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Publish Date: 10/28/2005

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Fans harass Vancover Canucks right winger Todd Bertuzzi as he skates along the glass Thursday during a break in the first period. Bertuzzi was making his first appearance in Denver since he attacked Avs center Steve Moore on the ice in March 2004, an incident that could end Moore’s career.AP photo/David Zalubowski

Rude reception
Pepsi Center fans heckle Bertuzzi; Avs rip Canucks


DENVER — There were more plot lines at the Pepsi Center than at a multiplex theater Thursday night.

A need to win and close the gap on Vancouver. A need to get through a game laced with emotion, anger and expectations.

A need to just get to this morning.

The Colorado Avalanche was juggling all that, but for

40 minutes, it handled it with perfection. While the crowd booing Todd Bertuzzi’s every move, the Avs sliced up the Canucks. They scored six

goals in the first 34 minutes, 2 seconds of the game and beat Vancouver, 6-2, to even up their 2005-06 rivalry.

“We’re 1-1 in the season series,” Colorado forward Brad May said. “There was a lot of emotion. Sometimes when it gets like that, you get over the apex of your emotions.”

The fans showed disdain for Bertuzzi, but it has been tough for May, too. He was the one who said there was a bounty on Steve Moore’s head 20 months ago when he played for Vancouver, and he has felt the backlash of that from his new home crowd.

Slowly, he has turned the fans’ boos to cheers with some timely hits. Bertuzzi’s arrival didn’t hurt his cause, either, because the Vancouver forward was the one who pile-drove Moore’s head into the ice March 8, 2004, and is the major culprit in this tragic drama.

Nothing that egregious happened Thursday, but things almost got ugly during Colorado’s three-goal burst in the second period, which turned a 3-1 game into a rout. Vancouver’s Wade Brookbank took a roughing penalty and a 10-minute misconduct penalty after he punched Ian Laperriere in the jaw with 7:55 left in the period.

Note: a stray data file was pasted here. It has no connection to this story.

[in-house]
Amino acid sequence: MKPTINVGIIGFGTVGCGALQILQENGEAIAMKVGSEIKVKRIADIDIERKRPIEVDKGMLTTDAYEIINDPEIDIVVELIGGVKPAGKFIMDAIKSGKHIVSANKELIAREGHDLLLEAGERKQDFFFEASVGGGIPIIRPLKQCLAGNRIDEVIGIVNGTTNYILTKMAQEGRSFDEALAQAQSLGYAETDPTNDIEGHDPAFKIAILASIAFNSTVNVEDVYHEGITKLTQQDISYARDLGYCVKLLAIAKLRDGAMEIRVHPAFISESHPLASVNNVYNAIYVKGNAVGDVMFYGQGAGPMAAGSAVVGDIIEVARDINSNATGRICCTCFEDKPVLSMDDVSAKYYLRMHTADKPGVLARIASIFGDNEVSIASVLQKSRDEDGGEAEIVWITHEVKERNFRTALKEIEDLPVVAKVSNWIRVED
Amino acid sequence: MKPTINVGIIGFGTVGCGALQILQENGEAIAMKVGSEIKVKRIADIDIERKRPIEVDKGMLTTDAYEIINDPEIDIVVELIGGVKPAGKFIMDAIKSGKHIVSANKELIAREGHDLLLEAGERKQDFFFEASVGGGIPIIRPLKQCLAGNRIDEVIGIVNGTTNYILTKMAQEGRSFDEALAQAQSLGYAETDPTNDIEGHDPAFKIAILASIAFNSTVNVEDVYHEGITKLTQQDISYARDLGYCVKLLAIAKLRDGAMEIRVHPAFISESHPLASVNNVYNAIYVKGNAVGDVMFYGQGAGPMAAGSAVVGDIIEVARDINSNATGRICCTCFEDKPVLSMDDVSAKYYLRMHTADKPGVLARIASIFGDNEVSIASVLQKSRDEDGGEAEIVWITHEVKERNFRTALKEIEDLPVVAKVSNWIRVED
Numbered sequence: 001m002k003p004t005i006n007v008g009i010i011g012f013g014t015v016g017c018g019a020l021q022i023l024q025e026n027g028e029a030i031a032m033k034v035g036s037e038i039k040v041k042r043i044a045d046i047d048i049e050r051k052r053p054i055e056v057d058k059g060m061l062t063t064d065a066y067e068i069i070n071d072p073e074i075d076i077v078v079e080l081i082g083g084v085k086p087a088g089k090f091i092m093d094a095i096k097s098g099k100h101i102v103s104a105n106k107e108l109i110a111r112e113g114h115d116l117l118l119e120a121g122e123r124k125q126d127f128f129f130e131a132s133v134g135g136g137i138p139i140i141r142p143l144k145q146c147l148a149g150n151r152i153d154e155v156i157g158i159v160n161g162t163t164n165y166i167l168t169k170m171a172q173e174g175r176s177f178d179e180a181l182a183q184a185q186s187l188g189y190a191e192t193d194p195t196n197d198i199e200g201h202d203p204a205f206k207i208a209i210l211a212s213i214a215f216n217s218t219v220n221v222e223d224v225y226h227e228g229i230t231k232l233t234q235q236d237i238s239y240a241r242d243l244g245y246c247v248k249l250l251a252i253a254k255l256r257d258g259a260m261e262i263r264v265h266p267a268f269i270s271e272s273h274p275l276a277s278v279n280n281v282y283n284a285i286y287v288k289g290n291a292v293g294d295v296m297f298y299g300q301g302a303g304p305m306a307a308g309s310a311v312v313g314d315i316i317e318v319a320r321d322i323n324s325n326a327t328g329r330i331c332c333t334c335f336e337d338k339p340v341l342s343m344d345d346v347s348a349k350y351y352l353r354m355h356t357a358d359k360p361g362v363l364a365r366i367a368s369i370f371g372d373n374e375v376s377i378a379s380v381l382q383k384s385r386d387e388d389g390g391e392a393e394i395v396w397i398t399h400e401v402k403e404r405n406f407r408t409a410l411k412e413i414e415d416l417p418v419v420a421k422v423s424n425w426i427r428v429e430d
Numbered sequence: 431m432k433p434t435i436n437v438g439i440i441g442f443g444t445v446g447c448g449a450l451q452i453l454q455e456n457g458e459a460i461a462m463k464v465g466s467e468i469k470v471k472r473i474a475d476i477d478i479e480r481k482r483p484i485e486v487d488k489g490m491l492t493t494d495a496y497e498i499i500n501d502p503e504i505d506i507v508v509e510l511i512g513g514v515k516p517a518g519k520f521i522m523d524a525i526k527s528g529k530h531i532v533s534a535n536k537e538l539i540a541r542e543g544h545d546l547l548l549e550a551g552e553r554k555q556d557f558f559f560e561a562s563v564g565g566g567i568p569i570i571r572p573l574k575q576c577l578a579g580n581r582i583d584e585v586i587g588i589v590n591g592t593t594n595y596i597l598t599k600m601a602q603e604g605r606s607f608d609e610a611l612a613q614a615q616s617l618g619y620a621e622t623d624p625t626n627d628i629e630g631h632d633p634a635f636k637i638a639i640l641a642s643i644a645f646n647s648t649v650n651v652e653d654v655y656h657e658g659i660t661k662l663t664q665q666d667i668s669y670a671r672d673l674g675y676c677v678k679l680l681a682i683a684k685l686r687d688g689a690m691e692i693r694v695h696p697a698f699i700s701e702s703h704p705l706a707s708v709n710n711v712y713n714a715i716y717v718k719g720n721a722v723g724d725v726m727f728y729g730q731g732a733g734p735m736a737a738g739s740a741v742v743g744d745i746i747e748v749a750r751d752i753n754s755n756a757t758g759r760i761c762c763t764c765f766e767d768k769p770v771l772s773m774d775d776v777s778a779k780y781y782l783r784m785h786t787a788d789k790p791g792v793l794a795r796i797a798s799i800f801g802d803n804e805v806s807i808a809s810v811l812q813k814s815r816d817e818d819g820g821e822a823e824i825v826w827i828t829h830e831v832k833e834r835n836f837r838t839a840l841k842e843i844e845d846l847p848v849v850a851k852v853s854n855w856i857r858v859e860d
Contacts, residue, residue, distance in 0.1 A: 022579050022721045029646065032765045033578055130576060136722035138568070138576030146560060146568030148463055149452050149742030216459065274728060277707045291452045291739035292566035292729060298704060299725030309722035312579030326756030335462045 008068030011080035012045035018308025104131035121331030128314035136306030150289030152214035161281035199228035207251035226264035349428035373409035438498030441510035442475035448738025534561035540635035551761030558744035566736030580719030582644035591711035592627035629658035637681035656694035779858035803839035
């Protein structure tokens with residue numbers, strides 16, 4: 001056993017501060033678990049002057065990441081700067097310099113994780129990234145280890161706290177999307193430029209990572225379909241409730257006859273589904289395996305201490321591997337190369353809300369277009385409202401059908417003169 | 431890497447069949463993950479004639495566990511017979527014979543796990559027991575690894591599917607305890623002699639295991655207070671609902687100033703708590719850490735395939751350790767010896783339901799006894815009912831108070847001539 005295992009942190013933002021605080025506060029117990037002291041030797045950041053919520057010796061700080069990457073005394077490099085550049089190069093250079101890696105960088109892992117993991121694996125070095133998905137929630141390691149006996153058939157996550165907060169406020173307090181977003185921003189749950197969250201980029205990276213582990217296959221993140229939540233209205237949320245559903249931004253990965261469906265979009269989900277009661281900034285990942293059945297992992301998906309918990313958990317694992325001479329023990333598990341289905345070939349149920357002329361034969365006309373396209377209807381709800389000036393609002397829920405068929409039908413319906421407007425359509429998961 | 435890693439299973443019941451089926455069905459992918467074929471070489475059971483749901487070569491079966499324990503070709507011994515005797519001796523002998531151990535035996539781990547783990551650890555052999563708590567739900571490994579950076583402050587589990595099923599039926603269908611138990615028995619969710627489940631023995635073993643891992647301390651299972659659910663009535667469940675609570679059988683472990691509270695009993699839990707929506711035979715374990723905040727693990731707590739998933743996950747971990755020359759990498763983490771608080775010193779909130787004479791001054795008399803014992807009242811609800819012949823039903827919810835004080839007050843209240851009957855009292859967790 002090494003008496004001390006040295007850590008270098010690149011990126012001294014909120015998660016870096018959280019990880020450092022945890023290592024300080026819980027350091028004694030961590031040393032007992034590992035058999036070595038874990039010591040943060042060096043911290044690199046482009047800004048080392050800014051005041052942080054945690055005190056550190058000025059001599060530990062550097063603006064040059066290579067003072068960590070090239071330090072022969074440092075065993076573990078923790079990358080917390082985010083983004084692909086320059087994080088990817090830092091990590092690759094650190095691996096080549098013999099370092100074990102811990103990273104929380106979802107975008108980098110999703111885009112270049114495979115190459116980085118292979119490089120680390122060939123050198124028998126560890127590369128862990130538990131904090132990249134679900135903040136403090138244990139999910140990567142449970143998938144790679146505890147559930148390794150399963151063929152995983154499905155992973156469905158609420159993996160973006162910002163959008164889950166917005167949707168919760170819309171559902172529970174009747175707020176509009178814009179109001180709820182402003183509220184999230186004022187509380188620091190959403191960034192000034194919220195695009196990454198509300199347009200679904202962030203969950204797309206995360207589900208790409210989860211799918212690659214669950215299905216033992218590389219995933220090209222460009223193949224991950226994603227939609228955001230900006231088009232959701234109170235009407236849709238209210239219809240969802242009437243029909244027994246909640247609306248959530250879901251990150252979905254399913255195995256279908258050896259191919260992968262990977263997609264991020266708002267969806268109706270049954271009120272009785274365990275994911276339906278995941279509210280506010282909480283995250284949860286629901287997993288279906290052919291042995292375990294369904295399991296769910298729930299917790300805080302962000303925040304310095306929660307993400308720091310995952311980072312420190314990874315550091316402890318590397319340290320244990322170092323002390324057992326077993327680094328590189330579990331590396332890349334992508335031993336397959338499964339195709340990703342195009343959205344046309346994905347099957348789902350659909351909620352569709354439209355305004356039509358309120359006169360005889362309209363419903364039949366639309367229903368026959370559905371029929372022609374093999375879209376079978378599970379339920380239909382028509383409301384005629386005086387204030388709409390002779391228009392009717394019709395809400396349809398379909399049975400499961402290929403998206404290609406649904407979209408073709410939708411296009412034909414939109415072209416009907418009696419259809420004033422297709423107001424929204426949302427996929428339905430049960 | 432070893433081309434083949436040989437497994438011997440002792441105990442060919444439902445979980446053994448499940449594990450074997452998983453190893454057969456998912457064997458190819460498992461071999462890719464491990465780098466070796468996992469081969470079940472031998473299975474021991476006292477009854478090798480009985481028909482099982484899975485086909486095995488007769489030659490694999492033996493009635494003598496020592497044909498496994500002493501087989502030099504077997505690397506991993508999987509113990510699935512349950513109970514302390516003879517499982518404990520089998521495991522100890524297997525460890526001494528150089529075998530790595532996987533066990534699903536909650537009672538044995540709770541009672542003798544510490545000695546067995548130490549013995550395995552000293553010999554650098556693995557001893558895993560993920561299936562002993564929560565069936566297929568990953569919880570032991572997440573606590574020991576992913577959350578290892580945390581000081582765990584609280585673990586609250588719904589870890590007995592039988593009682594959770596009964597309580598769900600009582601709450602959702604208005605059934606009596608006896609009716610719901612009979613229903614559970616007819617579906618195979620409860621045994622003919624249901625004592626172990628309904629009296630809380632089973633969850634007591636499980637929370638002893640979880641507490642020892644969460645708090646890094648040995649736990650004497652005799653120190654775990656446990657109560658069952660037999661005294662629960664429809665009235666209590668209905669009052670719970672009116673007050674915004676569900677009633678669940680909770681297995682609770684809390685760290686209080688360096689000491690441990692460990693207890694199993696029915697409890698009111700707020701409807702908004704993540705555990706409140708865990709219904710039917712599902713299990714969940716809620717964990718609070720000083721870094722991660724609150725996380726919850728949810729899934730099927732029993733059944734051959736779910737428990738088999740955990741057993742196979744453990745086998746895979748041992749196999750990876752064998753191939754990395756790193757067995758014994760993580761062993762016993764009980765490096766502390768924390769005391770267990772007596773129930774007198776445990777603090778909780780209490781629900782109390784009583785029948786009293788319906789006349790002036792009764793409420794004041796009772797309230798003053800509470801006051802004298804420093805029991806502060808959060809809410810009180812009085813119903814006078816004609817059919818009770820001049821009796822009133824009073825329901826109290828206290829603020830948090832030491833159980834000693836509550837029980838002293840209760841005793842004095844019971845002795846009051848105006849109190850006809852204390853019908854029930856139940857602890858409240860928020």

That gave the Avs their sixth power play of the night, and 50 seconds later, Mattias Ohlund drew a crosschecking penalty to put Colorado on a 5-on-3 power play.

Pierre Turgeon scored to make it 6-1 with 3 seconds left on the two-man advantage when he banked a shot off the back of goalie Alex Auld. It was his second goal of the night and the 499th of his career.

“It’s a tough play, even when it’s 5-on-3,” Turgeon said. “Sometimes you don’t want to do it, but being in that situation, I had enough room and I had confidence to do it.

“I figured with 498 goals already, I had a right to try it.”

The Avs’ five-goal lead was a turnaround from their game in Vancouver on Saturday, when the Canucks took a 5-1 lead in the third period and held on to win, 6-4.

After getting that five-goal lead, the Avs concentrated on keeping it instead of adding to it. They held 30-19 edge in shots after two periods but finished the game on the business end of that stat, 42-30. The only thing separating them from a collapse was goalie David Aebischer, who made 23 saves in the third.

“I got a workout in the third period, that’s for sure,” he said. “We played unbelievable for the first two periods, and in the third period, we slacked off a little bit. It’s 6-1, but still it shouldn’t happen. The first 40 minutes, that’s the best we’ve played all season.”

The last 20 minutes won’t make the 2004-05 highlight reel.

“If Aebi’s not there, they might have come back,” Laperriere said.

Laperriere helped the Avs pull away with his third goal of the season after Joe Sakic and Steve Konowalchuk got the first two. It gave Colorado a 3-1 lead with 7:28 left in the first period, and he let his excitement bubble over with an unusually boisterous celebration.

He, like the crowd, was caught up in the moment.

“I got too much butter on my toast when I scored that goal,” said Laperriere, who took a puck off of his left shin but stayed in the game. “I don’t score that often. It was great to feel the crowd in a big game like that. It’s a playoff atmosphere.”

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